Simply for Strings stocks a wide range of accessories for double bass. Our huge range of accessories covers rockstops, music stands, rosins, mutes, humidifiers and more. Make your choice from accessories manufactured by Nyman, Manhasset, Hercules, Korg and many more. We proudly keep our range of popular accessories for double bass well-stocked with same-day shipping* Australia wide.
What is rosin?
Rosin is a solid form of tree resin that’s obtained from pines and other conifers. It’s semi-transparent and varies in colour from yellow to black. It’s used by musicians and luthiers to improve the sound quality of a stringed instrument. Rosin creates friction between the bow hair and the strings, as well as helping the bow grip the strings to produce the sound. If you don’t use enough rosin on the bow, your instrument will have an airy or scratchy sound when you play.
How do I apply rosin to the bow?
Double Bass rosins are very sticky, so they need to be applied in an upwards motion from the frog to the tip. Unlike violin bows, you cannot apply the rosin backwards and forwards, as this can cause damage to the bow hair. If the bow is brand new, you'll need between 10-20 strokes up and down the full length of the bow to ensure there is enough friction created. If your bow is pre-rosined, you should only require 2-3 strokes per practice session.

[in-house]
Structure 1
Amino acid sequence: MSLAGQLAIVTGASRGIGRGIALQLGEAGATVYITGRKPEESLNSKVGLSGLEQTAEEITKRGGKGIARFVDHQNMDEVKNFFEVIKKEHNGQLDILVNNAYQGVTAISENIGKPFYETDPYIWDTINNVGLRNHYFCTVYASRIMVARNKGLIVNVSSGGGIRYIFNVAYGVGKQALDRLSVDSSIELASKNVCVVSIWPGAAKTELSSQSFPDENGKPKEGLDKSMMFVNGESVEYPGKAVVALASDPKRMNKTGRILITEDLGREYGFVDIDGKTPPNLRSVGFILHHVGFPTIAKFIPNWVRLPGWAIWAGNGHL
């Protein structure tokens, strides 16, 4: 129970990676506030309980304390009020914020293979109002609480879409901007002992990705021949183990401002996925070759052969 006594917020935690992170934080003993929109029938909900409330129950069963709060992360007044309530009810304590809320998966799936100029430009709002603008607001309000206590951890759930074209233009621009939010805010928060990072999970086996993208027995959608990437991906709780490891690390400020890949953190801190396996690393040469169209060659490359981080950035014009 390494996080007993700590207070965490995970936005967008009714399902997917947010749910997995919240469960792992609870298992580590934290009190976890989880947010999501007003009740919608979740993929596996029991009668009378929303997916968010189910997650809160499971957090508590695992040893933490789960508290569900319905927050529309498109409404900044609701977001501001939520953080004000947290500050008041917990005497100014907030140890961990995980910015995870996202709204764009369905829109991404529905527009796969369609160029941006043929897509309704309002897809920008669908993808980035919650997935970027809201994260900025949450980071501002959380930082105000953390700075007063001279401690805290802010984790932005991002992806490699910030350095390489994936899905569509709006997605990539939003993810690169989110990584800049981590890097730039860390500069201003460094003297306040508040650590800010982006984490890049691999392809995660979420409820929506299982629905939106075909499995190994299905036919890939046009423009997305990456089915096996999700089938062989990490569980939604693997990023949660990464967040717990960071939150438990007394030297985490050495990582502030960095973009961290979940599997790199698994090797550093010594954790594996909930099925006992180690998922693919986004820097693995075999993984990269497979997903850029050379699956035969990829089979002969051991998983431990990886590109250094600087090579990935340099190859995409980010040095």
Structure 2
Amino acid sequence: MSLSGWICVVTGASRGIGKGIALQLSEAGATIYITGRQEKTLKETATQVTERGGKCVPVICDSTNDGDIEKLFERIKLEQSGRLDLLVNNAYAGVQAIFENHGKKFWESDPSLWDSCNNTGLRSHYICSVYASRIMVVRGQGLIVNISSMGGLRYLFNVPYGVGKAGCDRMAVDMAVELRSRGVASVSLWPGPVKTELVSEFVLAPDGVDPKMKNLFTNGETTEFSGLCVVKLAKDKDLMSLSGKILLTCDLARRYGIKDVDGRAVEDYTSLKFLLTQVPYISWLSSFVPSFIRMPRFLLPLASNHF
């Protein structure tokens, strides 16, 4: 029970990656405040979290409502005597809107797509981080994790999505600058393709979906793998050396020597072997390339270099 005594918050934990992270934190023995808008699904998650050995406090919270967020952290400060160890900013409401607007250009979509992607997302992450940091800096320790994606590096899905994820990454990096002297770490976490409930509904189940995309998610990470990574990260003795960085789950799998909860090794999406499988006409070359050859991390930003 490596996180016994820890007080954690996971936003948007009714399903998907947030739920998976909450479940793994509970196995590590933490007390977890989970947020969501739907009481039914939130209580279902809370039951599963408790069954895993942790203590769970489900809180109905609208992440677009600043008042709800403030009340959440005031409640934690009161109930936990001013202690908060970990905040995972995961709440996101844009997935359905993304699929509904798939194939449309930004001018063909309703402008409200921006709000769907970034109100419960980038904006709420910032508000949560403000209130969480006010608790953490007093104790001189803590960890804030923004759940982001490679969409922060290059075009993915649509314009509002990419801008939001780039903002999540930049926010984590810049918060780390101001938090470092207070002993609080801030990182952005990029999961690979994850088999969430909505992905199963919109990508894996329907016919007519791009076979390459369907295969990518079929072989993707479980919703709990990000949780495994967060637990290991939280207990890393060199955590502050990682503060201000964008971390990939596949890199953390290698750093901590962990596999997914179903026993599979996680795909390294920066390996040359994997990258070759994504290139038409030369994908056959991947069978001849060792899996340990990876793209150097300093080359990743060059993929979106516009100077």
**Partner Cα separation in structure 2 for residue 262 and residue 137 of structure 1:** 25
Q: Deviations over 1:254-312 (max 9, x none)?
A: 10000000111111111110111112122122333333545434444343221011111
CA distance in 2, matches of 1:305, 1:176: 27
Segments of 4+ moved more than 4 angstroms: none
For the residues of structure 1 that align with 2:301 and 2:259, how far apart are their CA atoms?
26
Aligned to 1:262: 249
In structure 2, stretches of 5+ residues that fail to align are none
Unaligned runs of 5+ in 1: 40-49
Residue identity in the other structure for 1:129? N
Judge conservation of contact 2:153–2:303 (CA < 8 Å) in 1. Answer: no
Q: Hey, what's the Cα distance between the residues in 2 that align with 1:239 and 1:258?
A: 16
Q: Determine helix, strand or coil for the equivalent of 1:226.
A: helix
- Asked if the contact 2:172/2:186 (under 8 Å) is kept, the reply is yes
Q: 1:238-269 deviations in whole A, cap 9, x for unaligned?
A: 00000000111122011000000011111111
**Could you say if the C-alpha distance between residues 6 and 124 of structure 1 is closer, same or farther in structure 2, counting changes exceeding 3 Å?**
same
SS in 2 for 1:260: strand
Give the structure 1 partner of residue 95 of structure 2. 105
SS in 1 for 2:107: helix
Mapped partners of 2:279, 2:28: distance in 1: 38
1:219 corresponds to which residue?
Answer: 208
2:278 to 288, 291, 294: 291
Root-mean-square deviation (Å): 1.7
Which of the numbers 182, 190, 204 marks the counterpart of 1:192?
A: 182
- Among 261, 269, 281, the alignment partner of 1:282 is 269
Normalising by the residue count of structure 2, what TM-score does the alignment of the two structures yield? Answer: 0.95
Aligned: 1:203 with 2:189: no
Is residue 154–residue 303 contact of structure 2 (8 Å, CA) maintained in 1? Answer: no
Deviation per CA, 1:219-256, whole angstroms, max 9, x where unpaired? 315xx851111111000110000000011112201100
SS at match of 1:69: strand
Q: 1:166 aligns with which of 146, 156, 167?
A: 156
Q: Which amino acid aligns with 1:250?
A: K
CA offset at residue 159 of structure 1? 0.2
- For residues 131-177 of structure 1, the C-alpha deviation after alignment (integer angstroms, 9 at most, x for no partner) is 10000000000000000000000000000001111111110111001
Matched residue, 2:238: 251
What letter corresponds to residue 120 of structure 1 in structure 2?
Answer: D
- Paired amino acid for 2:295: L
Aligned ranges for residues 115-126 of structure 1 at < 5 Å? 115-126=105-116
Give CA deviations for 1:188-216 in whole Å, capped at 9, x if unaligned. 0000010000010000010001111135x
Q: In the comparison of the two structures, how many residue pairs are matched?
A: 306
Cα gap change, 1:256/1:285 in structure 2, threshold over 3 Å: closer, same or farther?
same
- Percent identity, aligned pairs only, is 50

Should I use a light or dark rosin on my double bass bow?
Light rosins are used in high temperatures (summer), for smooth solo play or if you’re playing your instrument in chamber music. The light ones are most commonly used by violin and viola players. On the other hand, dark rosins are used in low temperatures (winter) for playing your instrument in an orchestra or for full-tone playing. This one is most commonly used by cello and double bass players. One of the biggest differences when you use rosin is that darker rosins are heavier and stickier. This makes them better for maintaining your strings of larger instruments. Light rosins are lighter in color, density and stickiness therefore more suited for maintaining your strings of smaller instruments. We recommend trialling both types to find the sound you prefer best.
Why is there a big price difference between different rosins?
Generally, as you pay more for a rosin, the grain of the powder from the rosin will be much finer. This means that more expensive rosins will be less scratchy and have a smoother sound. Some rosins also have special additives to them that will effect the sound such as the Larica Gold rosin has gold particles in the rosin, while others are designed to work better with certain sets of strings such as Pirastro's line of rosins. One of our most popular professional level rosins, the Leatherwood rosin is a bespoke rosin handmade in Australia. This rosin is specifically designed to work best with Australia's climate and humidity whereas most other rosins were designed with European or American climates in mind.
Which student rosin would you recommend?
We recommend Pops and Nyman rosins as these are the two rosins that the majority of bassists at any level will use.
Can I use violin or cello rosin on my double bass bow?
Generally speaking, no. As double basses have much thicker and longer strings, the bows require a lot more grip to be able to start the string vibrating. Because of this Double bassists require very sticky rosin specifically designed for basses. Using violin rosin will not allow the bow to grip and you won't be able to get any sound from the instrument.